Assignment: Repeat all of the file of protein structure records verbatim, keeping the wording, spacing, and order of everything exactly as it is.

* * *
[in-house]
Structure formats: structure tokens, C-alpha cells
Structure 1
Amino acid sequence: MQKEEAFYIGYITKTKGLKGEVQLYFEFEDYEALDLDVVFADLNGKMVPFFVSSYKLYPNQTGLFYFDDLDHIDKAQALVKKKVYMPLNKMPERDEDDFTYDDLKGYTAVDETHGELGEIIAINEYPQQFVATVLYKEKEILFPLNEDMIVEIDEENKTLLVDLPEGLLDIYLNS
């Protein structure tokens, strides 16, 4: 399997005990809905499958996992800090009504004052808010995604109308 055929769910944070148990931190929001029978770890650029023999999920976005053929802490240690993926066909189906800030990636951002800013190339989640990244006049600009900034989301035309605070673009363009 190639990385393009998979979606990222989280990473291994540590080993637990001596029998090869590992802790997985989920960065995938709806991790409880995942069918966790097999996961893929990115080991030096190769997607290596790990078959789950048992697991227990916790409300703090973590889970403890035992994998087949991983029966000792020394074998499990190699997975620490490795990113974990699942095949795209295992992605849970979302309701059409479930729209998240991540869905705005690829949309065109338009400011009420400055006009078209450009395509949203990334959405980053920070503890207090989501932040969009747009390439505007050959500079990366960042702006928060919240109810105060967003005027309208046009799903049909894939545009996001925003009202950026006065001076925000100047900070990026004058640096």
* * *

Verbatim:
[in-house]
Structure formats: structure tokens, C-alpha cells
Structure 1
Amino acid sequence: MQKEEAFYIGYITKTKGLKGEVQLYFEFEDYEALDLDVVFADLNGKMVPFFVSSYKLYPNQTGLFYFDDLDHIDKAQALVKKKVYMPLNKMPERDEDDFTYDDLKGYTAVDETHGELGEIIAINEYPQQFVATVLYKEKEILFPLNEDMIVEIDEENKTLLVDLPEGLLDIYLNS
């Protein structure tokens, strides 16, 4: 399997005990809905499958996992800090009504004052808010995604109308 055929769910944070148990931190929001029978770890650029023999999920976005053929802490240690993926066909189906800030990636951002800013190339989640990244006049600009900034989301035309605070673009363009 190639990385393009998979979606990222989280990473291994540590080993637990001596029998090869590992802790997985989920960065995938709806991790409880995942069918966790097999996961893929990115080991030096190769997607290596790990078959789950048992697991227990916790409300703090973590889970403890035992994998087949991983029966000792020394074998499990190699997975620490490795990113974990699942095949795209295992992605849970979302309701059409479930729209998240991540869905705005690829949309065109338009400011009420400055006009078209450009395509949203990334959405980053920070503890207090989501932040969009747009390439505007050959500079990366960042702006928060919240109810105060967003005027309208046009799903049909894939545009996001925003009202950026006065001076925000100047900070990026004058640096």